Perceptions of Instructor Caring Behaviors, Self-Esteem, and Perceived Clinical Competence: A Model of the Attitudinal Component of Professional Nurse Autonomy in Female Baccalaureate Nursing Students
Review TypeNone: Degree-based Submission
Repository Posting Date2019-03-01T19:59:42Z
Author(s)Wade, Gail Holland
Author DetailsGail Holland Wade, PhD
Lead Author Sigma AffliationBeta Xi
Level of EvidenceOther
Research ApproachQuantitative Research
CINAHL HeadingsProfessional Autonomy; Caring; Self Concept; Clinical Competence; Student Attitudes; Students, Nursing, Baccalaureate; Faculty, Nursing; Watson's Theory of Caring
This model testing correlational study was designed to specify a model of predictors of the attitudinal component of professional nurse autonomy and to test three carative factors embedded in Watson's Theory of Transpersonal Caring. The carative factors tested were: transpersonal teaching-learning, sensitivity to self and others, and creative problem solving process. These factors were operationalized as perceptions of instructor caring, self-esteem and perceived clinical competence. Proportional quota sampling was used to collect data from a national sample of 317 second semester senior nursing students from 20 generic NLNAC accredited BSN programs. Data were collected using the Autonomy, the Caring Perspective (ACP) instrument, Perceptions of Instructor Caring Behaviors (PICB) semantic differential scale, the Perceived Clinical Competency Scale (PCCS), Rosenberg's Self-Esteem Scale (RSES), and a researcher designed demographic data form. Alpha coefficients ranged from .77 to .94. Model testing, using hierarchial multiple regression, was performed after determining that age significantly influenced study scores. With age added to the fourth step of the regression equation, self-esteem (R 2 = .071, p < .0001), perceived clinical competence (R2 = .050, p < .0001), and age (R2 = .021, p < .011) together explained 14.2% of the variance in the attitudinal component of professional nurse autonomy. Initial path analysis of the hypothesized model revealed that it was just-identified. By removing the nonsignficant paths, findings from the trimmed over-identified model indicated that 19.1% of the variance in perceived clinical competence was explained by self-esteem and perceptions of instructor caring behaviors. Perceptions of instructor caring behaviors, self-esteem, and perceived clinical competence, however, only contributed 11.1% to the variance in the attitudinal component of professional nurse autonomy. Although the revised model of the attitudinal component of professional nurse autonomy was testable, its relationship to Watson's Theory of Transpersonal Caring was not supported. Findings provide a baseline for understanding the development of the attitudinal component of professional nurse autonomy. A large percentage of the variance in the attitudinal component of professional nurse autonomy remains unexplained suggesting the need to study other possible contributing variables.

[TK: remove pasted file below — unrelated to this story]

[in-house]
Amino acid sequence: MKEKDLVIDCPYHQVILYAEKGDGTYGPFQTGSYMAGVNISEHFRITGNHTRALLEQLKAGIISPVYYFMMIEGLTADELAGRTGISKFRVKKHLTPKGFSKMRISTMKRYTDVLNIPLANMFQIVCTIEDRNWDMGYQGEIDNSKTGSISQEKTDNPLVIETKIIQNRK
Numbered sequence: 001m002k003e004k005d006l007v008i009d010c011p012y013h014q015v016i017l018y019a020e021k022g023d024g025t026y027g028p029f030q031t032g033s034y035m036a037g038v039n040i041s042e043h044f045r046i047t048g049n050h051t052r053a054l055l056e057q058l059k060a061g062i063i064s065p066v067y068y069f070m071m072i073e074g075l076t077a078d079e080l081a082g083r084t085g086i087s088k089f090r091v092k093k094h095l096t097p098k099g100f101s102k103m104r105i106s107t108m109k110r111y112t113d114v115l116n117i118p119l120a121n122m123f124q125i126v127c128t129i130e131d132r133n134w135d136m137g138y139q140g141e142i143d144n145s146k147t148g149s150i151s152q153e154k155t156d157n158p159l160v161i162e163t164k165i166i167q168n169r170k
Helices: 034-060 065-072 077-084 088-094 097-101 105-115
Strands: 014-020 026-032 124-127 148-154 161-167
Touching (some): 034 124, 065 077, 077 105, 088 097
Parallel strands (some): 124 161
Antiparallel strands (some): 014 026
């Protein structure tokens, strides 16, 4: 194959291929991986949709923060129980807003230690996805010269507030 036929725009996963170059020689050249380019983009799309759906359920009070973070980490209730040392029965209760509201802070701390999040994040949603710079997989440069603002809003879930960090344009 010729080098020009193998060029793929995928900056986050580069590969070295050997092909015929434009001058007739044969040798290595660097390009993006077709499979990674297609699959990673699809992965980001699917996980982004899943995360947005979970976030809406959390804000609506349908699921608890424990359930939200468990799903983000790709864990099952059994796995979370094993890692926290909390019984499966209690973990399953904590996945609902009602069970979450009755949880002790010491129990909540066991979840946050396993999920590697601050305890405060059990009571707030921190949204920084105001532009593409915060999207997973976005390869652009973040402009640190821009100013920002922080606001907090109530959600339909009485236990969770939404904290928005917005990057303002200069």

DescriptionThis dissertation has also been disseminated through the ProQuest Dissertations and Theses database. Dissertation/thesis number: 9994186; ProQuest document ID: 304776441. The author still retains copyright.
Degree GrantorWidener University
NotesThis item has not gone through this repository's peer-review process, but has been accepted by the indicated university or college in partial fulfillment of the requirements for the specified degree.
Copyrighted materials in this document have not been filmed at the request of the author. They are available for consultation in the author’s university library.
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